adjustment from 20-250hz, as you turn up the frequency the width of arc from tungsten decreases allowing more
control of weld pool and an increase travel speed
The pitch noise of weld will increase when AC frequency is turned up, this is normal.
100 - 120Hz is the ‘sweet spot’ for most AC welding.
LED Display
3 digit LED meter is used to display the pre-set (before welding) amperage and actual amperage (when welding).
Gas post flow adjustment
Gas post flow adjustment 1 – 25 seconds. The gas keeps flowing after weld has finished, this cools & stops
tungsten from getting contaminated.
Note: Gas pre-flow time is fixed at 0.5 seconds in TIG mode but no pre-flow time will occur if the arc is restarted
during post flow time as gas is already flowing.
AC squarewave balance (SP%)
SP% AC Squarewave balance control 30% – 70%
Set at 50% this provides balanced control suitable for most AC Welding. 30% is max cleaning and 70% is max
When welding dirty/contaminated material more cleaning may need to be selected.
Tip. If you are welding close to the tungsten limits, I.E 200amps on a 2.4mm tungsten and the end of tungsten is
wobbling and falling off, turning down the SP% will give better tungsten stability
Arc force (Stick – SMAW only)
This provides better arc starting when in MMA stick mode, useful when you are welding dirty/rusty material or
cold/damp welding electrodes
The Metal
An earthing clamp should be present and attached to your workpiece or, as in the picture below, the bench. The other end
should be attached to your welding machine. Some kind of large metallic area is necessary to let electricity flow through your
metal. If you don’t have a welding bench then a large sheet of metal will do the job. Be sure to securely clamp down the
metals you are working on
1. Earth clamp secured to the workpiece or bench
Holding the torch
Hold the torch as shown in the photograph below. The tungsten should be raised from the surface of the work by about 36mm. Do not let the tungsten touch the work or it will contaminate your material and you will have to re-grind the tungsten.
aim for a working angle of about 45° to the work surface.
Grab a filler rod
Take a filler rod in your left hand and position horizontally so that it rests at a 15° angle to the work, when you insert the filler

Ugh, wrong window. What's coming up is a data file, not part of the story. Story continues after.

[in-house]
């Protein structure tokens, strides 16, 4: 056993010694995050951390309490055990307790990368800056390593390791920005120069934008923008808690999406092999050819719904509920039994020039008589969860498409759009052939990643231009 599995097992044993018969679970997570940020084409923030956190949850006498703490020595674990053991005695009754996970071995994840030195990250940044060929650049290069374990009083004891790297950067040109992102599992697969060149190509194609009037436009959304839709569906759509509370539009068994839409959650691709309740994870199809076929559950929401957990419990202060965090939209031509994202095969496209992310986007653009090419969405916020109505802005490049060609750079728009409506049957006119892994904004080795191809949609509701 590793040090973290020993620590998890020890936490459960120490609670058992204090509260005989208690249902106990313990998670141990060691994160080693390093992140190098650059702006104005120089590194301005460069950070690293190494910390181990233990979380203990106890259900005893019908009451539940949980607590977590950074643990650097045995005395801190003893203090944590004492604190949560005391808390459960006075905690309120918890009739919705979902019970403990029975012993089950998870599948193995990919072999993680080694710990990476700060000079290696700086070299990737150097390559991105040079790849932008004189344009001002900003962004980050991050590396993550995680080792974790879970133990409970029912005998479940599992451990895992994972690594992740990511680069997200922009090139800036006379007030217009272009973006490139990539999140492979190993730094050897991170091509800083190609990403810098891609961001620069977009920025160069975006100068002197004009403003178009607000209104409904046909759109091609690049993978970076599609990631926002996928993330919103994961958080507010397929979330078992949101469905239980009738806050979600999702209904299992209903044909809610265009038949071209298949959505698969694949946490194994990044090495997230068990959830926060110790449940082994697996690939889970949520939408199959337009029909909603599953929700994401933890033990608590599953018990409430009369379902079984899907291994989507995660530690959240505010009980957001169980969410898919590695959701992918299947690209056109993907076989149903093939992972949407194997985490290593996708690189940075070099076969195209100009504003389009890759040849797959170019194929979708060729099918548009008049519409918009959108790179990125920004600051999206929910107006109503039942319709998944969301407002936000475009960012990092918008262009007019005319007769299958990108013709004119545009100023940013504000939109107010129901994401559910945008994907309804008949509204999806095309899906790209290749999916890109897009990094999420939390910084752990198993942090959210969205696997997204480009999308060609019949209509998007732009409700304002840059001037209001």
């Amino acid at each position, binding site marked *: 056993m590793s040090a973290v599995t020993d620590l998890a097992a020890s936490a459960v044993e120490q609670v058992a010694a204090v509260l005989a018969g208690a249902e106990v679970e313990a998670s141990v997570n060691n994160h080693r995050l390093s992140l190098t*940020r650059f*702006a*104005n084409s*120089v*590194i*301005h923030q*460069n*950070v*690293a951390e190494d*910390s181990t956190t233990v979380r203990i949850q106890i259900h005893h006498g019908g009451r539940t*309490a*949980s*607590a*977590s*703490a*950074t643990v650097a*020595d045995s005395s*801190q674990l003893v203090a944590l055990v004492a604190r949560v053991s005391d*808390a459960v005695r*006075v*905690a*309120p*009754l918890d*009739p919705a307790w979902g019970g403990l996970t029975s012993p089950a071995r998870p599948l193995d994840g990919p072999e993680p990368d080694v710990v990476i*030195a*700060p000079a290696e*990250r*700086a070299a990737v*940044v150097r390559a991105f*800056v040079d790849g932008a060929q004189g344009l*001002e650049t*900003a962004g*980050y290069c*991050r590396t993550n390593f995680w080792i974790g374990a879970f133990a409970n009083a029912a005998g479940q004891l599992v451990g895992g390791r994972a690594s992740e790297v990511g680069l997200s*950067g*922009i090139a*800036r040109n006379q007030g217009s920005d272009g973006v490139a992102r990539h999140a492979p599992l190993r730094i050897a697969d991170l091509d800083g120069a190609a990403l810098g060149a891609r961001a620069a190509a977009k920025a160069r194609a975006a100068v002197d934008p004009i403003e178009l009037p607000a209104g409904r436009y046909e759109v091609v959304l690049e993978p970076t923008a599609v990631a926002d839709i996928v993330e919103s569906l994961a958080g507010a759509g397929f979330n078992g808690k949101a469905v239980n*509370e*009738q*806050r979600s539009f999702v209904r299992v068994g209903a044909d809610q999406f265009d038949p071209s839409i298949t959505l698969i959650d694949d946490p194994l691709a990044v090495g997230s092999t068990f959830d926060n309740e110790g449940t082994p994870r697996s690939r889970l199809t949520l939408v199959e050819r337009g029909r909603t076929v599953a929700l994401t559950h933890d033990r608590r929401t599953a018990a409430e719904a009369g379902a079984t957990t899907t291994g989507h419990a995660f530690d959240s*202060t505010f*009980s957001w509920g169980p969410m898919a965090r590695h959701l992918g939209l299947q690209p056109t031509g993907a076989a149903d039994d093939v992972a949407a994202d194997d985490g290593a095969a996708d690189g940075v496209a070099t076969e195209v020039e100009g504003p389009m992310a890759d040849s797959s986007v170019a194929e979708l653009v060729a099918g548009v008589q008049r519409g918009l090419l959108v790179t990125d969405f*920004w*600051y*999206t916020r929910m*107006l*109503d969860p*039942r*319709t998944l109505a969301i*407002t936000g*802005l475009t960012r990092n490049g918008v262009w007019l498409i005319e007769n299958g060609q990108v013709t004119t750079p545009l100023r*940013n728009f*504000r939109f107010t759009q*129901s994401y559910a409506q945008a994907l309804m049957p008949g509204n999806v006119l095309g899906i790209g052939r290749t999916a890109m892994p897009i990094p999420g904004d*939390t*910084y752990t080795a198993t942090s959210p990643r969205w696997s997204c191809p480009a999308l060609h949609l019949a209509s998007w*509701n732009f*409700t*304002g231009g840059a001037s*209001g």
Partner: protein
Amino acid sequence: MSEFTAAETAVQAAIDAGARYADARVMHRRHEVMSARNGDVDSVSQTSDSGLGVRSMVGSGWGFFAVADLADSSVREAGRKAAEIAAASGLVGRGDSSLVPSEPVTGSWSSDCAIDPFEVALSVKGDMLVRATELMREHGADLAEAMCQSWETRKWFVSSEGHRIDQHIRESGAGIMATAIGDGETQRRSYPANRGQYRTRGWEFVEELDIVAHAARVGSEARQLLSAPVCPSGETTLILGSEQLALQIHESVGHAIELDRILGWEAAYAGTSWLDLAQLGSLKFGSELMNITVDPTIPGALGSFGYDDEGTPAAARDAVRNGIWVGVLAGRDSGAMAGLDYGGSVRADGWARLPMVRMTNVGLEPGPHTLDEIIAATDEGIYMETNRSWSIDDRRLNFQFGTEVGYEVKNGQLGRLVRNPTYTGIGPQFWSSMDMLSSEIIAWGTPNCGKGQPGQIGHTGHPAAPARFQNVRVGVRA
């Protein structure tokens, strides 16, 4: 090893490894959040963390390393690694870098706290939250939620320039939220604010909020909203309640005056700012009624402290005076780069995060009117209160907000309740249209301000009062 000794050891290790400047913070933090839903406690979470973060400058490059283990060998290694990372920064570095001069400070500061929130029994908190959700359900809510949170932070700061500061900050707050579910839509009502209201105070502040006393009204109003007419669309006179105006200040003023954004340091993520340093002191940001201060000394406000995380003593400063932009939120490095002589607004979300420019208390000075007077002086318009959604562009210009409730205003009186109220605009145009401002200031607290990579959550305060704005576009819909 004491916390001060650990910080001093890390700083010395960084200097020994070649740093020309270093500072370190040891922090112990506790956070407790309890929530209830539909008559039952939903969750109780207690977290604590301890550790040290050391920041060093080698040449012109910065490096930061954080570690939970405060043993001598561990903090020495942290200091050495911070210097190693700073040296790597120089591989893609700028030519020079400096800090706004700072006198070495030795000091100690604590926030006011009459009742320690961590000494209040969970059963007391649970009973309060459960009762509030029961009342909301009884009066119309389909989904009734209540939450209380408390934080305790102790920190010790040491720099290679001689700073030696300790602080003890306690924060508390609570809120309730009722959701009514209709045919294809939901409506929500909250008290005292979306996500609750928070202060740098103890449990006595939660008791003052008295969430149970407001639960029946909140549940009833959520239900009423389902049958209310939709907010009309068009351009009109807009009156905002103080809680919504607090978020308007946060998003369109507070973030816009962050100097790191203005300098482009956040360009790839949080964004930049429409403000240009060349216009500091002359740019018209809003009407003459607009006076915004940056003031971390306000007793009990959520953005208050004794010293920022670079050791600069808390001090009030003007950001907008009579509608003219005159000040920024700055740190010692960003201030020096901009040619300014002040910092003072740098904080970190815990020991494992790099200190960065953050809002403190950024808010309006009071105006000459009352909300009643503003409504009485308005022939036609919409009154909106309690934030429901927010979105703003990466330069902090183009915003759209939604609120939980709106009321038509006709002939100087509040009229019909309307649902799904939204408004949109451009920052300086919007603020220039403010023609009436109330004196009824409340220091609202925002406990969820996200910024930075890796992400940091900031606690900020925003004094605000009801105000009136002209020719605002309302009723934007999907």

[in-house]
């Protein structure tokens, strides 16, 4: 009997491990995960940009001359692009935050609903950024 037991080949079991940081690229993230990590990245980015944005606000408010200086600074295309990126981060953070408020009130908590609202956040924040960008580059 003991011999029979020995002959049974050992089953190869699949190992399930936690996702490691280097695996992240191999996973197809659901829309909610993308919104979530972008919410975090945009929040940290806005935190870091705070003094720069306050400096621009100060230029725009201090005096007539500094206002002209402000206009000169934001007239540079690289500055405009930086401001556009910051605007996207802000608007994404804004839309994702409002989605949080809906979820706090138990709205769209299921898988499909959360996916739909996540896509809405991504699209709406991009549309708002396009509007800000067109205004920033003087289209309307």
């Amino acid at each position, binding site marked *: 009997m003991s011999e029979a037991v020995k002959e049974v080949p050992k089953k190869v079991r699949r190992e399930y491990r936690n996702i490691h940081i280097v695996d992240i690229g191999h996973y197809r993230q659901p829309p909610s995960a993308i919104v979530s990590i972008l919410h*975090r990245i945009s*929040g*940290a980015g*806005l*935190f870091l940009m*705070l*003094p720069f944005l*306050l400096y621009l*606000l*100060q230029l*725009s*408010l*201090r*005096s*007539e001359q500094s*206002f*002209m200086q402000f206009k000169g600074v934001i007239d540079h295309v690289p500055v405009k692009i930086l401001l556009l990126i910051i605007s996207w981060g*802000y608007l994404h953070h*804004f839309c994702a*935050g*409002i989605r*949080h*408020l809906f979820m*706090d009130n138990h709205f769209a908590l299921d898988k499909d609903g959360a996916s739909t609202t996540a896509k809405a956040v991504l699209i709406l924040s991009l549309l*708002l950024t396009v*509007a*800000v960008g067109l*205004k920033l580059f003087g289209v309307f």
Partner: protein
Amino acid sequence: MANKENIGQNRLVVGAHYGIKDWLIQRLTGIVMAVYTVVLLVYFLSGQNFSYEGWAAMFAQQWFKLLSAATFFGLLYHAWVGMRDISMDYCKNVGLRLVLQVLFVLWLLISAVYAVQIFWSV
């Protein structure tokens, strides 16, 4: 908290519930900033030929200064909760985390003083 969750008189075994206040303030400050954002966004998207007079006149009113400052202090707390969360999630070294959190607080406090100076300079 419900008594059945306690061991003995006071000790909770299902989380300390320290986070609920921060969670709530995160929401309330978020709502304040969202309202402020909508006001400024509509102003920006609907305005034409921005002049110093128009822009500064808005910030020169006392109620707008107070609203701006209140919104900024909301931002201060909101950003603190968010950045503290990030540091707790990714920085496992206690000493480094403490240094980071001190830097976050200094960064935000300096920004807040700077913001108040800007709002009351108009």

rod into weld pool, do so by adding it to the edge of the pool keeping it away from the tungsten to avoid tungsten
contamination. The filler rod will melt and flow into the weld pool.
Foot Pedal Control
Controlling the weld current is best done by using a foot pedal (pictured on the left). Check to see if your machine can run
one of these. This kind of control will help you keep the weld pool steady and help make sure that the pool doesn’t grow,
shrink, spread or narrow during the weld. It’s a good idea to practice controlling the welding amperage with a foot pedal on
some scrap before you start welding for real. The picture on the right shows a good, controlled weld.
Establishing the arc with torch switch operation
Set the amperage desired on the main amperage control on machine and press the torch switch and the arc will be started.
Establishing the arc with foot pedal operation
Getting the arc started requires at least a half press of the foot pedal especially if welding at very low amperages. NOTE: A
foot pedal in operation will only allow the maximum amperage that you have set on the machine to travel to the torch head. If
you experience difficulty starting the arc this is very commonly down to an insufficient amperage setting on the welder and
not related to the operation of the foot pedal.
Tack welding two pieces together will hold your work in place and prevent the work from moving as you progress along the
weld. Metals like aluminium spread heat very quickly so work that is not tacked may have a tendency to warp or distort by the